Earth her joy confesses, clothing for her spring;
All fresh gifts returned with her returning King.
Blooms in every meadow, leaves on every bow,
Speak His sorrow ended, hail His triumph now:
“Welcome happy morning!” age to age shall say
– Venantius Fortunatus
So wrote the 7th century poet whose verse adorned the lives of those who heard and read it in the Merovingian Court in Poitiers, France. Shortly before his death he was made Bishop of Poitiers. We know him, if we do at all, as St. Venantius, but I digress already.
Happy Easter! It is written into the seasonal cycle of Creation itself, life, death and rebirth, so we may readily understand that One who walked among us as a man, faced a tortuous death, and the humiliation of sinful people, was restored to endless life by His own power (John 10:18).
It is, quite frankly, impossible to overstate the importance of Easter when you consider that the stakes are literally life and death. Who doesn’t want to live and live abundantly? That many in this world don’t but desperately desire to do so is testament to Easter’s unrivalled importance.
Are you beset by illness of a physical, mental or emotional manifestation? Jesus lives and invites all the oppressed to rise with Him (Matt. 11:28-30). Does the thought of dying aggravate you, keeping you awake at night? Christ defeated death once for all when He rose from the tomb. To the aged Apostle John on the isle of Patmos, the Glorified Christ revealed Himself as the “the living one. I died, and behold I am alive forevermore, and I have the keys of Death and Hades” (Rev.1:18).
For a world inundated with seemingly endless international strife, poverty, terror, famine, and intrigue, the deathless and joyous Jesus says: “Peace I leave with you; my peace I give to you. Not as the world gives do I give to you. Let not your hearts be troubled, neither let them be afraid” (John 14:27).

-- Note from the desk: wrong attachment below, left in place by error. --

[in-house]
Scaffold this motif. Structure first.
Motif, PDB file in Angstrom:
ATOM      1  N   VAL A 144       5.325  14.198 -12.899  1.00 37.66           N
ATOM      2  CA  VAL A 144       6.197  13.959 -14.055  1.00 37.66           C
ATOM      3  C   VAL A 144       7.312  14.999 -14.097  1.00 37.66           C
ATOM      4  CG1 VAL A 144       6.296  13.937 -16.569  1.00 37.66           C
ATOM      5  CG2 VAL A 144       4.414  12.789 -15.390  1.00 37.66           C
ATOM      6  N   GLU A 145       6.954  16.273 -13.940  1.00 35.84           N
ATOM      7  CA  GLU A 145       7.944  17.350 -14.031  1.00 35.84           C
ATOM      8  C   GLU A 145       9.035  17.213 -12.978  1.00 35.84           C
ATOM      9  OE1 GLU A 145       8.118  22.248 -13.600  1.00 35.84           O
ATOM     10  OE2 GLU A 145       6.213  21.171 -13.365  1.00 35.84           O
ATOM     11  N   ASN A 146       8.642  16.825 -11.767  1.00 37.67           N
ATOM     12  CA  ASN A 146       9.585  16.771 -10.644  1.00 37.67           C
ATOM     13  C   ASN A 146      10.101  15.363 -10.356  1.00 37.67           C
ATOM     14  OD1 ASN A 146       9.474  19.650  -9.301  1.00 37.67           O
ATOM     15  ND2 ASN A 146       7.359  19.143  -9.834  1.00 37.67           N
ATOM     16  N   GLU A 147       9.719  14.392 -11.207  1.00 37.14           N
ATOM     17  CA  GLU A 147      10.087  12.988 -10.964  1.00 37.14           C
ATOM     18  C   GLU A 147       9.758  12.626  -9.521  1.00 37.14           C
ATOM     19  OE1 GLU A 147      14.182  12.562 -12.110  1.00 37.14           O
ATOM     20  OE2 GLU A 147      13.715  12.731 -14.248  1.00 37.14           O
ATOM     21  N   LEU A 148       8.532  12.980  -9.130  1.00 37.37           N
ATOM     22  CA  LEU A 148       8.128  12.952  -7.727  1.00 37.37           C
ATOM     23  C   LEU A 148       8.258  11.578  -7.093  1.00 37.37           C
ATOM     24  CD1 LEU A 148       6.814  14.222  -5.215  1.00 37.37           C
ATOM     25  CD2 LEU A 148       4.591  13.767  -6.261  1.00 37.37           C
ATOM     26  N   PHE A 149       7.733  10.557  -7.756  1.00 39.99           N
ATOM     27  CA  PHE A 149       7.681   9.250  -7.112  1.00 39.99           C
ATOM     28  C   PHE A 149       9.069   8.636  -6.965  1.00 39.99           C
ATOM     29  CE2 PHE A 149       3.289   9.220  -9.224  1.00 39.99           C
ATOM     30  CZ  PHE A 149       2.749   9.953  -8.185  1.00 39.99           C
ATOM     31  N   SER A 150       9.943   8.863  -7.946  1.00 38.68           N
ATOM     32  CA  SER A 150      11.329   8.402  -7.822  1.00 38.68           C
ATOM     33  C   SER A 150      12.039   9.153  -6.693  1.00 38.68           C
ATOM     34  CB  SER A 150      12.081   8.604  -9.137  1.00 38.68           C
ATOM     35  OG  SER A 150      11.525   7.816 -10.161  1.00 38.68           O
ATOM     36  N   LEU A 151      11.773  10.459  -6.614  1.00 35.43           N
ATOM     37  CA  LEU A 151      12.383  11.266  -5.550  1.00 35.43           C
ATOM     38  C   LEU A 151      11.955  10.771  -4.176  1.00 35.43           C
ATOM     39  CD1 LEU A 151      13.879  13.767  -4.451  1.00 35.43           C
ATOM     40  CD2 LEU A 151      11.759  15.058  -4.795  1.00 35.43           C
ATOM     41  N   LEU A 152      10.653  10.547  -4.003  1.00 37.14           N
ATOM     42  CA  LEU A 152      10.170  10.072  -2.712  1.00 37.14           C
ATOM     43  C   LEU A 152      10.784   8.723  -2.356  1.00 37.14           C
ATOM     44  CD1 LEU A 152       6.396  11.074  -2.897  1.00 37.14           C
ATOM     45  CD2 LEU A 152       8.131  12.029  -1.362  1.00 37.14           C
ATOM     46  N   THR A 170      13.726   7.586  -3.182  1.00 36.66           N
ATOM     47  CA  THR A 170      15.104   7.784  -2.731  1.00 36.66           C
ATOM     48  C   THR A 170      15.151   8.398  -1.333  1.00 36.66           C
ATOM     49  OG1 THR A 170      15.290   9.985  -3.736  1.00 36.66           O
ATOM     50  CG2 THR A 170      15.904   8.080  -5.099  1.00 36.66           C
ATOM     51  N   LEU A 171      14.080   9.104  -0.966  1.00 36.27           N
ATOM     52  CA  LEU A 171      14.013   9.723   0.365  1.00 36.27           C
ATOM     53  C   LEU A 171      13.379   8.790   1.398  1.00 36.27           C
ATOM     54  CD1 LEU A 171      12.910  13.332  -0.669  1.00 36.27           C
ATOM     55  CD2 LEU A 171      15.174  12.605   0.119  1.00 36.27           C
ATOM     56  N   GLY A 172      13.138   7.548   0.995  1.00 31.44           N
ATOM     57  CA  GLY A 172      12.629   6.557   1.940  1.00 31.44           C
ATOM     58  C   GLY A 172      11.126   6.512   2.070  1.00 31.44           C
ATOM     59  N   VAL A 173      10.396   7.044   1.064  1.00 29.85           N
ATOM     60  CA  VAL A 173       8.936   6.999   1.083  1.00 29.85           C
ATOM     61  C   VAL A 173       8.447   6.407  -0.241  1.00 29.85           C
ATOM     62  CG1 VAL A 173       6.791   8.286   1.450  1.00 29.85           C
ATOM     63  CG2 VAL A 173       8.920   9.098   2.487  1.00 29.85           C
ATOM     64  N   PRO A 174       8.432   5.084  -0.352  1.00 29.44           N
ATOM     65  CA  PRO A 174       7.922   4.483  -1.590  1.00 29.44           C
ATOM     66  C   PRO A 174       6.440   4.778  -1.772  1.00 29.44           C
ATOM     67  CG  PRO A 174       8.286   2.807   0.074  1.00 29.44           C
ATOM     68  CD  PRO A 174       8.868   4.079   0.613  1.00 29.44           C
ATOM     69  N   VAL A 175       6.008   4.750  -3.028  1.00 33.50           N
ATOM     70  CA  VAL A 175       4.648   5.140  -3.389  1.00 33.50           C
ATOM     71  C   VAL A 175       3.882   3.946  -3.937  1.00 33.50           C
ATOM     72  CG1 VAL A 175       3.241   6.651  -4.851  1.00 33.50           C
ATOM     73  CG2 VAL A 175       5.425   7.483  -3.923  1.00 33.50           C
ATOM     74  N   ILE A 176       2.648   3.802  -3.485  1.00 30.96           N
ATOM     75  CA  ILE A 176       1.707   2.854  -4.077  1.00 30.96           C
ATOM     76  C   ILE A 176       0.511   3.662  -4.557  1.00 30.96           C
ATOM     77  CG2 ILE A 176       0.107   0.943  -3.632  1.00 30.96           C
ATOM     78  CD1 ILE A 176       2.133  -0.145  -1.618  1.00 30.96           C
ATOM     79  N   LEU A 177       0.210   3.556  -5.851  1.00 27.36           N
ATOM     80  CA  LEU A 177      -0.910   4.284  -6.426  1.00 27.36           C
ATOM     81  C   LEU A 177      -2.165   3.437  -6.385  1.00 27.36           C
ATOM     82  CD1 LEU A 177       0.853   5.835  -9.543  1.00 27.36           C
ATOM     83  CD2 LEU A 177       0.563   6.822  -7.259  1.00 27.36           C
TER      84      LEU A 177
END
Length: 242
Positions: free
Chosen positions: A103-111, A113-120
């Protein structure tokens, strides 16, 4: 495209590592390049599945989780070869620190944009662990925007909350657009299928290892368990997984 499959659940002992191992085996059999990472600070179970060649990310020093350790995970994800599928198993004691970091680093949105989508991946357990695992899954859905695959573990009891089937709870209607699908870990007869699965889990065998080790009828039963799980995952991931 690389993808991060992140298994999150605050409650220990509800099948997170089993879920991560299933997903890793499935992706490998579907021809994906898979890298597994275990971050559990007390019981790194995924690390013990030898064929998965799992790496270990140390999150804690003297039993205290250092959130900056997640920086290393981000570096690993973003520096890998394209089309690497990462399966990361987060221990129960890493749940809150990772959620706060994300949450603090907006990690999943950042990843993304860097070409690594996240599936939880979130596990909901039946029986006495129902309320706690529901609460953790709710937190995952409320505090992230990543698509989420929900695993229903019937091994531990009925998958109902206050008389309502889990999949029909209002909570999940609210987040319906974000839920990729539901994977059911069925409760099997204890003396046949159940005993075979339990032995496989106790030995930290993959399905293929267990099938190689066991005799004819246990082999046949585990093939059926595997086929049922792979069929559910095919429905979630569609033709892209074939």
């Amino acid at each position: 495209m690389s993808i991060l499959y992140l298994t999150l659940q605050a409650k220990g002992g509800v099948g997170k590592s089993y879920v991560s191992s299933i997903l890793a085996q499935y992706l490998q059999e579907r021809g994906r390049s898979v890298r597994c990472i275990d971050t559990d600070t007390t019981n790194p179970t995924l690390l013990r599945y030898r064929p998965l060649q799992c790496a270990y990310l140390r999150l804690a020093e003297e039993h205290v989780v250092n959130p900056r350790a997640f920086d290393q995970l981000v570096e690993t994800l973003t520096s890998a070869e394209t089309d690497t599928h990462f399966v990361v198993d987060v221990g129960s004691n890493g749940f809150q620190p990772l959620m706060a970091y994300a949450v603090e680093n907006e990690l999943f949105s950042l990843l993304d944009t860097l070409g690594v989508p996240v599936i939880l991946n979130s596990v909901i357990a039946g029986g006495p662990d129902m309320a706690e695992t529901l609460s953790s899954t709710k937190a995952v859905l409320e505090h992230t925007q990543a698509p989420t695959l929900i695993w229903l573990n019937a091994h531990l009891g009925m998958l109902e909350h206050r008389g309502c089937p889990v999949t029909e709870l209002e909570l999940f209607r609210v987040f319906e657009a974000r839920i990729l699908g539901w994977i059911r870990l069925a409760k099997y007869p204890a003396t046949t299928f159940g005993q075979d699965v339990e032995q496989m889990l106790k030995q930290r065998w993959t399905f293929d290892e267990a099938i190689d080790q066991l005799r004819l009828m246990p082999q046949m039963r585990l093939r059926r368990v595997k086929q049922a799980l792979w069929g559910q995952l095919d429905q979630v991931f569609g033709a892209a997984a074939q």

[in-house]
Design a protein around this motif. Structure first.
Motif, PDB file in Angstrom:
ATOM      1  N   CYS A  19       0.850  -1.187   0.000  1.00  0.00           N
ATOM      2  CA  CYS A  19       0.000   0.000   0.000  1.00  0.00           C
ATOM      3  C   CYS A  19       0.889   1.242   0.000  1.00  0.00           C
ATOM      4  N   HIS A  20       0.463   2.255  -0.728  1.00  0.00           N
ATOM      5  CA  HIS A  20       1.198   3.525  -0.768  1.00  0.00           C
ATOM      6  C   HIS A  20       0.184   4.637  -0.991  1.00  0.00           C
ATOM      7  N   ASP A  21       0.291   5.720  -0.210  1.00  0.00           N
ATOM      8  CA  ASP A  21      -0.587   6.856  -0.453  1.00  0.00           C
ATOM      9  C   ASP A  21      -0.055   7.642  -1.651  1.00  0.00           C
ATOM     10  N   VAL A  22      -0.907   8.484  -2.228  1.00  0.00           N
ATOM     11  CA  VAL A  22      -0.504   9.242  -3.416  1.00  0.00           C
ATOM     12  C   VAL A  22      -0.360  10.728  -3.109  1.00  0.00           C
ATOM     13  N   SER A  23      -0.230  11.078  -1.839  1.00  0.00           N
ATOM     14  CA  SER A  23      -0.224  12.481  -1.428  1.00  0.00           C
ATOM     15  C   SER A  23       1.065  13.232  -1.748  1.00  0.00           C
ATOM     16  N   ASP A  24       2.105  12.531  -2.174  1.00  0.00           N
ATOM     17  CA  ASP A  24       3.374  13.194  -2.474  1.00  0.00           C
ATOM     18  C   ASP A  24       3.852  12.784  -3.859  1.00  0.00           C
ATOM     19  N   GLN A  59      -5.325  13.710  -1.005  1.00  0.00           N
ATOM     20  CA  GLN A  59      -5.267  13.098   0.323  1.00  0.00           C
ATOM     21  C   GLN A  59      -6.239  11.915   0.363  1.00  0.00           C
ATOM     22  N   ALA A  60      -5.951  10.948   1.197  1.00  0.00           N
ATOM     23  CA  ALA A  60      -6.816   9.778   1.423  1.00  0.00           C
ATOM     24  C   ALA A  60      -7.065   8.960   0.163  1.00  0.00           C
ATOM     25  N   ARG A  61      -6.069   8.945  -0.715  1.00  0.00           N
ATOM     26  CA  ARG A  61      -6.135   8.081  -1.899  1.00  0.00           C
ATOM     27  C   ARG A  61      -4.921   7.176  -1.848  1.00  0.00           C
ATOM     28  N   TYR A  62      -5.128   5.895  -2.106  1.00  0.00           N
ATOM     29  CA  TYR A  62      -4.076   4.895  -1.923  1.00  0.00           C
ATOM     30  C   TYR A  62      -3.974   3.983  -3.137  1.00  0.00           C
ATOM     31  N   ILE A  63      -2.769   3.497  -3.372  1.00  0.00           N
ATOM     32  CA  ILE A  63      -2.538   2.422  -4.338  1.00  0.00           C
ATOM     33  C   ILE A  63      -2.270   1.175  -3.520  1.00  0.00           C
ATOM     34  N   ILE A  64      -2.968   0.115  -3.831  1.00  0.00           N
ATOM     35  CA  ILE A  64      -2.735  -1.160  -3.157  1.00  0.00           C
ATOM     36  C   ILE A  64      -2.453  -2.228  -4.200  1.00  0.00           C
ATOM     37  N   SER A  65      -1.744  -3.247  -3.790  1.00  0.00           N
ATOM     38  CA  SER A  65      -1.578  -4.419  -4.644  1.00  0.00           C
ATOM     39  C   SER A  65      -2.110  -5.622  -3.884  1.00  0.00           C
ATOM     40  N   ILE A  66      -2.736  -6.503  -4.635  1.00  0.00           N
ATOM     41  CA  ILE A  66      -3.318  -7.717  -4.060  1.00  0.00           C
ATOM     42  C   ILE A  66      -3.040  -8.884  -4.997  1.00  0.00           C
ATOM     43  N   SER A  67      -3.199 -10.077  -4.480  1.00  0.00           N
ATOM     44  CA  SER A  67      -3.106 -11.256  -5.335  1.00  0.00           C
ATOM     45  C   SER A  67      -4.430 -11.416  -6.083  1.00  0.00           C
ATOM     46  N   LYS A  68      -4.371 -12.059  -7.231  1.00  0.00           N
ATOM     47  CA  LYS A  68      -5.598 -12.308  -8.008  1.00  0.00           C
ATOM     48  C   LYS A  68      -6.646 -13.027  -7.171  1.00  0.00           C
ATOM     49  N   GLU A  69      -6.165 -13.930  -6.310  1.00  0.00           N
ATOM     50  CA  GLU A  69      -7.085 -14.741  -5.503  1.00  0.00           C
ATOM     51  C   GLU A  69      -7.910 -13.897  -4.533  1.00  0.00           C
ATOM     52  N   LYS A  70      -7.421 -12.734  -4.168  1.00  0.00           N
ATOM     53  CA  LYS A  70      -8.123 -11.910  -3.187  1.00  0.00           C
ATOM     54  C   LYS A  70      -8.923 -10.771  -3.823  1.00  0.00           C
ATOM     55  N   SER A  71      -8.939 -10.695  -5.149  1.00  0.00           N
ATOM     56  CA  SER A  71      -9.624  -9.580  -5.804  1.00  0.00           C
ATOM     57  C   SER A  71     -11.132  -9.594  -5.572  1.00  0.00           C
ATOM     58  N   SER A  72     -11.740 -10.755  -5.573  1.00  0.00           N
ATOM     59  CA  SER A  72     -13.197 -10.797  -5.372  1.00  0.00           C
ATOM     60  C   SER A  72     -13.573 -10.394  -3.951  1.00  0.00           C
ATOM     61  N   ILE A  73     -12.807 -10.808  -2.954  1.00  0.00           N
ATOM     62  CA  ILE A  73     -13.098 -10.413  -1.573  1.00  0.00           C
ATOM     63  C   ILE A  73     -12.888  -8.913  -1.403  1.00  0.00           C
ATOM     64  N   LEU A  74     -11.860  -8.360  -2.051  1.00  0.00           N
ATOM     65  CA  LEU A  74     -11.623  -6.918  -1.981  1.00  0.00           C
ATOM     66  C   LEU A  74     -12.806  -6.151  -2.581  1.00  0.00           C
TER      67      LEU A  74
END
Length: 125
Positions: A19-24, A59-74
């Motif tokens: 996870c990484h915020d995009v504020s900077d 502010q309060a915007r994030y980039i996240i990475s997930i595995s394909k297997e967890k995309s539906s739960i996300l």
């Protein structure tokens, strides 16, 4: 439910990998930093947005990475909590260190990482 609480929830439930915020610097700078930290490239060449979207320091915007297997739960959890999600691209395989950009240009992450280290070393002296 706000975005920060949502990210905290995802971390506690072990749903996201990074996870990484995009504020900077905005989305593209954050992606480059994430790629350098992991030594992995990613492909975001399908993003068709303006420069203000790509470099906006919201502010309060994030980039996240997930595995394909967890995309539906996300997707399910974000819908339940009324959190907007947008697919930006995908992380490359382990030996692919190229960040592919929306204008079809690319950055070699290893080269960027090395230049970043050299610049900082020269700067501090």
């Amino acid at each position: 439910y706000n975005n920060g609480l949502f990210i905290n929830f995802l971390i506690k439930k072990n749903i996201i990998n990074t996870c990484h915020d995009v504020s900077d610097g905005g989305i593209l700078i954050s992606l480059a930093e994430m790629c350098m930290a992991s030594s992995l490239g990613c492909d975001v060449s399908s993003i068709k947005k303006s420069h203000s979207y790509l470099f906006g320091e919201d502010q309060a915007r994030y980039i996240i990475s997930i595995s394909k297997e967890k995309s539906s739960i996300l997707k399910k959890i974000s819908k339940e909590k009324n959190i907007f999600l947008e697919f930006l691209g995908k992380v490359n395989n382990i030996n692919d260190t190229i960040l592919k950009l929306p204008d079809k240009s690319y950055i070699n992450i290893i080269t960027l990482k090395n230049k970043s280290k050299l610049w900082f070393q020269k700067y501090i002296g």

There are endless possibilities in life because of this endless day. The sun always shines. But take a closer look; there is no sun, for the light emanates from Christ, Himself: “I am the light of the world. Whoever follows me will not walk in darkness, but will have the light of life” (John 8:12).
Of troubles, I have had more than a few in my life, and my present journey is not altogether uncomplicated, but armed with a sure faith in a Savior who has won the victory over death, I am confident of this one thing: “I know whom I have believed, and I am convinced that he is able to guard until that Day what has been entrusted to me” (2 Tim. 1:12).
What it all comes down to is this: No matter how I feel about myself, my station in life (which happens to be excellent, by the way), or about the future, the Resurrection of Jesus Christ is the definitive event that has transformed my life, regardless of outcomes – be they good or bad (as I see them). And given that I am not exactly a young man anymore, I tend to think about my mortality more than I used to when I was young.
Easter, though, is not a band aid for our emergent fears; it is a declaration of triumph, and that voice you hear is the voice of God Himself! If life were a game and death our arch rival, we could happily declare the final score: Jesus 1, Death 0. Christ came to die, but He also came to establish His Church before submitting Himself to a brutal death. He then rose after 3 days. There’s an Ascension after that, but that’s for another post.
It’s a bright, beautiful day with plenty of sunshine. Yes, I’m describing the weather outside as I type, but the weather inside my heart is just as replete with sunshine. It is not artificially induced; nor is it some myopic and sentimental viewpoint thoughtlessly derived. It is my firm faith in the One who left the tomb behind. He illuminates my path ahead. All I do is place one foot in front of the other and walk, in step with Jesus.
featured image courtesy of Pixabay